If Jesus Wasn’t Resurrected … Who Got His Dead Body?

Here are three rock-solid bottom-line facts you can trust to be true about Jesus

Jesus told His disciples repeatedly before He was arrested, tried, tortured and crucified that those things would happen. He also told them He would be resurrected on the third day after His death.

They didn’t understand any of it before it all came down but within a few days of His death and burial, they were telling the world they had seen and talked to Him, that He was alive, that He had been resurrected.

Here we are 2,000 years later and a bunch of theories have been proposed to explain away the disciples’ claim that Jesus was resurrected. One of those theories is that Jesus didn’t come back to life, and the reason the tomb was empty was because somebody stole His body.

There are three basic groups of “suspects” who might have had motives to snatch Jesus’ dead body from the tomb, His friends, His enemies and grave robbers. Let’s take the latter group first.

What About Grave Robbers?

Grave robbing in the Middle East has been around for a long time. The tombs of the Pharaohs of Egypt, for example, were typically filled with valuable items the deceased leader was thought to need in his journey in the next world. Those graves were attractive targets for grave robbers, who over the centuries stripped many of them.

But there is zero reason to think grave robbers would have viewed Jesus’ burial chamber in the same way as they would have that of a Pharaoh. For one thing, Jesus was known to be an itinerant teacher with a small band of followers. He had no known palace, ruled over no geographical territory and collected no taxes from anybody. There simply was no reason to think Jesus had any riches with which to be buried.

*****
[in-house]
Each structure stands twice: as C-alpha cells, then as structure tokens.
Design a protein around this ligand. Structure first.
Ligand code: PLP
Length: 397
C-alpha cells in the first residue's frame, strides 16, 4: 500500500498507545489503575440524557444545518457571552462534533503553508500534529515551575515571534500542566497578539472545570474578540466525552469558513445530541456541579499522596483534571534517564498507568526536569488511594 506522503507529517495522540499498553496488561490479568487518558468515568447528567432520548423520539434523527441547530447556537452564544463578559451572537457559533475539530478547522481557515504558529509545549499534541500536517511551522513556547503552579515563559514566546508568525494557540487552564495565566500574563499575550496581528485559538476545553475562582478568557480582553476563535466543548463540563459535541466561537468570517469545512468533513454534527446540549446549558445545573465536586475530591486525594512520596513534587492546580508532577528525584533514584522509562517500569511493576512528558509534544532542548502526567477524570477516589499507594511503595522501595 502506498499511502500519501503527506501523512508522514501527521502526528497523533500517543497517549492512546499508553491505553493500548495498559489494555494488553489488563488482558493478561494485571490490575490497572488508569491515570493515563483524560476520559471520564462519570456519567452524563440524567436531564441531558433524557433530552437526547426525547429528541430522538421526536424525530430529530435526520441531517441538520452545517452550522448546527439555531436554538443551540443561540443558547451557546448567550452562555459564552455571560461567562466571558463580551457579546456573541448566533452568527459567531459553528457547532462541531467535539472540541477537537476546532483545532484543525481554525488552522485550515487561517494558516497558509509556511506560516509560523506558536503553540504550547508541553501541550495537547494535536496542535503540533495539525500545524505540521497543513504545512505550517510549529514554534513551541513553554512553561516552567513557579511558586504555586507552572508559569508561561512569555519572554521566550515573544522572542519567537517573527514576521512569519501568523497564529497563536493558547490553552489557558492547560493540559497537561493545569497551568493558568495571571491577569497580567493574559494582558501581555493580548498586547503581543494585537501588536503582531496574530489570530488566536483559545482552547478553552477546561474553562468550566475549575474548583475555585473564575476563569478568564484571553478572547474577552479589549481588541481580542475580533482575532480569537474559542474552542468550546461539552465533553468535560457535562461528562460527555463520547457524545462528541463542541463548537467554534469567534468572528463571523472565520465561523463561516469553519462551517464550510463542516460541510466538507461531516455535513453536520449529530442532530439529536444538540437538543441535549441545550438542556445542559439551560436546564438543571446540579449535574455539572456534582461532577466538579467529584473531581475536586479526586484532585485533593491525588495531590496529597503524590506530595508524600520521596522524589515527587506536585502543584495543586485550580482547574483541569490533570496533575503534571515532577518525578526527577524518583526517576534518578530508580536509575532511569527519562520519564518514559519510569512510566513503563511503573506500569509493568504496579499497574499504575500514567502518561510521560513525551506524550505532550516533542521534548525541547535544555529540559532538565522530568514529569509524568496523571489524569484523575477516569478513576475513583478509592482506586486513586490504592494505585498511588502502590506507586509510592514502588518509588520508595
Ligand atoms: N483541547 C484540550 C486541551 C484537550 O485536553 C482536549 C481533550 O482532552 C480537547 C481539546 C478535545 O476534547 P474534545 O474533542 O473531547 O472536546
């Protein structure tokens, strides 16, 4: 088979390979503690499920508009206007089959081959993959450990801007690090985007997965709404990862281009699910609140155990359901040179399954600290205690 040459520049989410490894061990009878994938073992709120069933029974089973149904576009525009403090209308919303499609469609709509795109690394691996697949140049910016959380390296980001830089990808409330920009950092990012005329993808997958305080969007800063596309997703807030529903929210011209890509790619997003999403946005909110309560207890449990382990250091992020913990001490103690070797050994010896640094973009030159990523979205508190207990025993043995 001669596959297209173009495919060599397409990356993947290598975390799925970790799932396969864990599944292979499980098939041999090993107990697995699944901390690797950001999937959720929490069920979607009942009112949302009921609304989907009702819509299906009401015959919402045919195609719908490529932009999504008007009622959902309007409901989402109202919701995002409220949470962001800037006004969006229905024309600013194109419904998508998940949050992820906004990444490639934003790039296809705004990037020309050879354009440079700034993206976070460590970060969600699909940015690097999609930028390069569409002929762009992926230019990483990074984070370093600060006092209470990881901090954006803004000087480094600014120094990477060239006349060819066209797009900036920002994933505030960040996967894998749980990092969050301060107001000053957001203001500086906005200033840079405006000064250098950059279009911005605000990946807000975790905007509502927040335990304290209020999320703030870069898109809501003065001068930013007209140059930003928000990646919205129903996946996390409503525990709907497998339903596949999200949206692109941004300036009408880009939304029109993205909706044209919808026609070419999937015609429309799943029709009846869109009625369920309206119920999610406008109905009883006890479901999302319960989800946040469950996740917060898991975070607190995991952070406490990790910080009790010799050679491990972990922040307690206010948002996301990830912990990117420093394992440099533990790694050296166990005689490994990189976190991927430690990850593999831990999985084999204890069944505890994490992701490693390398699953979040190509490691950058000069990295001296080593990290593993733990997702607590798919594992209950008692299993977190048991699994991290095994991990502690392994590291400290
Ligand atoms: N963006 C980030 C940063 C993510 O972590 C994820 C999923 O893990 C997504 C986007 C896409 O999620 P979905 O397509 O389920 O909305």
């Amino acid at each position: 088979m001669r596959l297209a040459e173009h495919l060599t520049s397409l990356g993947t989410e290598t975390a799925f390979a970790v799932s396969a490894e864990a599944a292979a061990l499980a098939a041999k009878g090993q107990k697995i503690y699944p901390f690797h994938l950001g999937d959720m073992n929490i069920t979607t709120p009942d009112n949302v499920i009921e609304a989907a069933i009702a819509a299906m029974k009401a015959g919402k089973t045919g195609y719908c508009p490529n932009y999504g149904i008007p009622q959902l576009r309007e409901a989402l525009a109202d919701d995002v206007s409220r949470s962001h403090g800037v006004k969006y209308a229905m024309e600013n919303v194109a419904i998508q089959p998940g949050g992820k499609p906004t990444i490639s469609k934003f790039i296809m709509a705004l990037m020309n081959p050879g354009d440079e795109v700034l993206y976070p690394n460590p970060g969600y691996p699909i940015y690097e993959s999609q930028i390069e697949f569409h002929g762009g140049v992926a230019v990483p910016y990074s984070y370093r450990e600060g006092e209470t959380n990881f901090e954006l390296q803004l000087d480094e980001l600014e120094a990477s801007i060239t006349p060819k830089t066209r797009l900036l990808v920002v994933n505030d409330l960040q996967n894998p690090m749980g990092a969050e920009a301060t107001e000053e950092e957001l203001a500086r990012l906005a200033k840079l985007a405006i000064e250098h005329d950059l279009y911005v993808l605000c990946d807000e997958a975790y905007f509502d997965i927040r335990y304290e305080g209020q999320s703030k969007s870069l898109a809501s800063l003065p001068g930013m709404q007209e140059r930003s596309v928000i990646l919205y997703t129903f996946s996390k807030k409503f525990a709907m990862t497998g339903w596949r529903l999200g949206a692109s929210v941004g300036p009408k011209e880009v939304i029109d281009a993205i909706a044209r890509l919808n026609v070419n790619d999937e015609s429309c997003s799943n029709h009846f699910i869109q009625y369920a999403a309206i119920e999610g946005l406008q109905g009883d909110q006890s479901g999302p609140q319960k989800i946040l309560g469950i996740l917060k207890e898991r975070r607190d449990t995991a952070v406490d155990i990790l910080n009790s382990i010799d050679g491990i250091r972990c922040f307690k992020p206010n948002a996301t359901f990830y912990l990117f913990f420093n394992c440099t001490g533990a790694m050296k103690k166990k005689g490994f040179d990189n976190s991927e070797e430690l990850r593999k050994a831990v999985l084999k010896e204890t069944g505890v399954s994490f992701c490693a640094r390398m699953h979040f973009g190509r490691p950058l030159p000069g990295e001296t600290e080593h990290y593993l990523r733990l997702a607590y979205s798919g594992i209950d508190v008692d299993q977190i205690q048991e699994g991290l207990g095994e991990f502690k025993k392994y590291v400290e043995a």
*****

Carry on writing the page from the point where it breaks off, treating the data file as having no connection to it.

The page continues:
“Whether they found riches or not, why would they have then taken the rotting corpse of Jesus out of the tomb?”

There are, however, two possible reasons somebody might have thought there could be treasures in Jesus’ tomb. First, Pilate, the Roman governor who gave the order to crucify Jesus, also ordered that a sign be placed His head on the cross. The sign said “King of the Jews.”

Jerusalem was full of people from far away visiting for the Passover Festival, so it’s possible thieves were around who weren’t familiar with the facts surrounding this “King of the Jews” and simply assumed He must have been a rich guy.

So let’s stipulate they did somehow manage to get into the burial chamber. Given the truth about Jesus’ poverty, they were sorely disappointed to find nothing of value, except perhaps His burial clothes.

But here’s the key point: Whether they found riches or not, why would they have then taken the rotting corpse of Jesus out of the tomb? There is no logical reason they would have done so. They were there for the riches, not the rotting body.

Video By A Smart Guy (With Six More Reasons)